Is your organization ready for or going through a cultural change? Did you know you can use LEGO®s to facilitate your transformation? It might sound a little elementary, but through my experience as both a participant and a facilitator of LEGO® Serious Play® (LSP) workshops, I am convinced of their usefulness and unexpected power in a professional environment!

However, I often run into a common hurdle when discussing LSP as a tool to facilitate change – it is perceived as just a game and a frivolous exercise. Seriously, LEGO® SERIOUS PLAY® is a method designed to increase performance and innovation in companies. By building models using LEGO® parts, this method aims to facilitate decision-making and team cohesion.
how to use lego serious play

A little history…

LSP emerged in the mid-1990s as an idea to introduce the use of LEGO®s for business and education environments. It was Robert Rasmussen, then Director of Educational R&D at LEGO®, who developed LSP as a methodology and created the facilitator training program. In 2010, the distribution model was changed to make LSP an open source and broaden the base of facilitators. As a result, LSP materials are available in a completely open manner.

Benefits of Using LSP

1. It’s a Game

LSP is based on construction with LEGO® pieces. Therefore, it uses a common language that everyone understands and can use. Its only requirement is knowing how the pieces fit together.

2. The 100-100 Rule

The LSP method is designed to allow 100% of the attendees to participate 100% of the time. All attendees have the same weight and the same level of involvement in the meeting – no matter if you are at the top or the bottom of the chain. This requirement allows more perspectives, and thus results in greater confidence and commitment.

3. Thinking with Your Hands

“If you do not know what to build, just start building.” Under this simple rule, it is possible for unconscious knowledge to emerge. It is estimated that we are only aware of 5-10% of the knowledge we possess. The visualization of objects in 3D, together with the use of metaphors and stories to represent difficult concepts, allows participants to reflect appropriately, learn fast and more complete, and obtain more concrete and effective results.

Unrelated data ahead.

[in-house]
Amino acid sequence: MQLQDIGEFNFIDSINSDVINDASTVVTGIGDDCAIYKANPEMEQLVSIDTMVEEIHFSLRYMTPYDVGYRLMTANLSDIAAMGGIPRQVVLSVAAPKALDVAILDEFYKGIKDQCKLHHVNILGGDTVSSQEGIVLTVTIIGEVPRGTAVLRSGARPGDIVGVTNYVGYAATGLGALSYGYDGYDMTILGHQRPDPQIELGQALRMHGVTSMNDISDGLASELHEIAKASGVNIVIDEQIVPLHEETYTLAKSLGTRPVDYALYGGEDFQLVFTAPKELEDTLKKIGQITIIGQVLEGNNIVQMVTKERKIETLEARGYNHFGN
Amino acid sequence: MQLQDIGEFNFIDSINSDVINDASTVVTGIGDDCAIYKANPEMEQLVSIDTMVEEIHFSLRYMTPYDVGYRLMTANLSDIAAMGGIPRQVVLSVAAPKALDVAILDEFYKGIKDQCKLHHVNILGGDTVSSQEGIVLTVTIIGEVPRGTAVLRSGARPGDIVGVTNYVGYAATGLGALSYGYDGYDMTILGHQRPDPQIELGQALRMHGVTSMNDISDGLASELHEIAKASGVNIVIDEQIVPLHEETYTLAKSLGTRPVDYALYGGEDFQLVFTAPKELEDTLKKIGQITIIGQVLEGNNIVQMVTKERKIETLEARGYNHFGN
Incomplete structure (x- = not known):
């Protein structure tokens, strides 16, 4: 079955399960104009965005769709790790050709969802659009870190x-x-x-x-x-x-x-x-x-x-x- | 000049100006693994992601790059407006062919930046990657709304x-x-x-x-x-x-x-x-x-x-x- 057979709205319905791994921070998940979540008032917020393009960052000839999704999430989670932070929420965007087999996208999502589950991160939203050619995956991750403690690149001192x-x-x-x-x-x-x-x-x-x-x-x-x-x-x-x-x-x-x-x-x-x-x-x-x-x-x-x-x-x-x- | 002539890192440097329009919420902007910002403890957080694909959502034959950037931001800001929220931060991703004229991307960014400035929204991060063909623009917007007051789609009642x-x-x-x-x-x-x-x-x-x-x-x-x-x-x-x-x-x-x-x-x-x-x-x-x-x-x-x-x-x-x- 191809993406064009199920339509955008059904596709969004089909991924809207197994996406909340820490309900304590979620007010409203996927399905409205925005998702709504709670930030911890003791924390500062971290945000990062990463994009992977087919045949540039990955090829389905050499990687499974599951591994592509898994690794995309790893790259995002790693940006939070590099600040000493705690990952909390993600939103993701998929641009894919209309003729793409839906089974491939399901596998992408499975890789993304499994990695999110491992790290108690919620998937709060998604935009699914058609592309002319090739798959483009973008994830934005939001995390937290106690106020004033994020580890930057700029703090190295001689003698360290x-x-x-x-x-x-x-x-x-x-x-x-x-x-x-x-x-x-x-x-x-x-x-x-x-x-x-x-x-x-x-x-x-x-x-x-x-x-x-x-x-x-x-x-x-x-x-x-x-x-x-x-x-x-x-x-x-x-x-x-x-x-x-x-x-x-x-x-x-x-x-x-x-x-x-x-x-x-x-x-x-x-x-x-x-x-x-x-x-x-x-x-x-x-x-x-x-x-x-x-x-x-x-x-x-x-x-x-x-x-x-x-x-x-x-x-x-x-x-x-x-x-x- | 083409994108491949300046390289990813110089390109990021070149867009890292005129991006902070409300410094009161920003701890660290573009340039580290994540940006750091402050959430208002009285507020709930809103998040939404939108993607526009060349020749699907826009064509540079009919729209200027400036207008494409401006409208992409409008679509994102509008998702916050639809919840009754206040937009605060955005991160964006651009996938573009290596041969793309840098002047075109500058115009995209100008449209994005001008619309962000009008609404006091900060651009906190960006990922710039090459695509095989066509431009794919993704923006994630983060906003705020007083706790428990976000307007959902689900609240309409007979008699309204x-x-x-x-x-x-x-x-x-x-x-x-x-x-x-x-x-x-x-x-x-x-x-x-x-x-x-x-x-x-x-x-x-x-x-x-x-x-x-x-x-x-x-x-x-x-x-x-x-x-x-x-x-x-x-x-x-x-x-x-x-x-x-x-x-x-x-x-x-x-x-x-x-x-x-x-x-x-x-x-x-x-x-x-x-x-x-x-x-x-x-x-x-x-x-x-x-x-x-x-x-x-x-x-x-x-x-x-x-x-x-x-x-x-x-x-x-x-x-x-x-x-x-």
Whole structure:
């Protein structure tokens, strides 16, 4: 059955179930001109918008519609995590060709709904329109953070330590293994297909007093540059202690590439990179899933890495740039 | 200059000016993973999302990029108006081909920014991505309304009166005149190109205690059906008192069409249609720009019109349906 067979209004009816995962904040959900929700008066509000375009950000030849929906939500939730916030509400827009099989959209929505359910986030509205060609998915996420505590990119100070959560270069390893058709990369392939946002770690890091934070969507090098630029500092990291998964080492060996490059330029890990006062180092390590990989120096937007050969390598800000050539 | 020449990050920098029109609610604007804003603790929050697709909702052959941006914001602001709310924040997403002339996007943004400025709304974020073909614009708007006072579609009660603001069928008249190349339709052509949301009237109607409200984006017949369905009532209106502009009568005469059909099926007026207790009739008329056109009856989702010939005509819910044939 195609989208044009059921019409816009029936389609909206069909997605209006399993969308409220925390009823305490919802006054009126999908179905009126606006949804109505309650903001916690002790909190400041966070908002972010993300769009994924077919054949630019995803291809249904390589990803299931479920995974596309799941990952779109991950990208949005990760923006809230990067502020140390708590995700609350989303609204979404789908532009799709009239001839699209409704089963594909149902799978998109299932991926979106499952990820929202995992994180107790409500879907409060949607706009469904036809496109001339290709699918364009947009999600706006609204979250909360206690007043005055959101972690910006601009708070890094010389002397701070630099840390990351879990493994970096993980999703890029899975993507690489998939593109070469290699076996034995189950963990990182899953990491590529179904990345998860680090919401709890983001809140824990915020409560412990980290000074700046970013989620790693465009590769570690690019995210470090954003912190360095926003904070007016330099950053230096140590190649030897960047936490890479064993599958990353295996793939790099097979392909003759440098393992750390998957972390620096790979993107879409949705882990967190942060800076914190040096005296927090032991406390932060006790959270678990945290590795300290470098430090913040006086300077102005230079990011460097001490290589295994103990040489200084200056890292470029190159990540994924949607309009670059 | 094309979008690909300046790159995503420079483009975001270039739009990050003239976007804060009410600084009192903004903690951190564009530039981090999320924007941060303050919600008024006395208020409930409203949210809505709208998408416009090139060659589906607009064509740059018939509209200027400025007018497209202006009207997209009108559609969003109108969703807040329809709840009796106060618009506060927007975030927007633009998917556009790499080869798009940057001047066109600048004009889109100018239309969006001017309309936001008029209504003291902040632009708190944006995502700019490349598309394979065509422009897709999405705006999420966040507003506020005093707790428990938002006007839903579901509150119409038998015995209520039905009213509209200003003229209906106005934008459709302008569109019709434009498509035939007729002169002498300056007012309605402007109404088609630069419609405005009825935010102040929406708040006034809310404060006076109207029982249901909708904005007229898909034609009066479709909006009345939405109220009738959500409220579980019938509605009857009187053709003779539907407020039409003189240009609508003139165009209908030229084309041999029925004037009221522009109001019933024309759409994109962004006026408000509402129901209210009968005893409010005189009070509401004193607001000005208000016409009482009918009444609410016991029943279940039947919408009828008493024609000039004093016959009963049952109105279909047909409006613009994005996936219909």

how to use lego serious play

4. Structured Process

LEGO® construction is not improvised in LSP, but follows a complete structure based on a central process and different application activities that progress in difficulty. The focus is always to start from the individual vision and to then share with the group. This structure, along with good facilitation, allows participants to quickly connect with the session objectives and conclusions within the time allotted for the workshop, which can range from 2h to several days.

5. Adaptation

By requiring participation from people with different visions and perspectives, LSP has a unique way of making innovative solutions to problems more obvious. LSP seeks adaptation to complex and changing environments (systems). The focus therefore is not to predict, but to pay attention.

When to use LSP?

LSP can greatly help organizations in situations where there is no single, shared solution and when different visions need to be shared to create a complete vision. For example:

  • Define strategies and create action plans (company, department, team, project)
  • Improve the performance of work teams
  • Improve the relationship and communications between different business departments
  • Agree on a method of work

I would like to explain a couple of concrete experiences with LEGO® associated with its potential to promote cultural changes.

Outcome: Improving the Customer Relationship (internal provider, customer focus)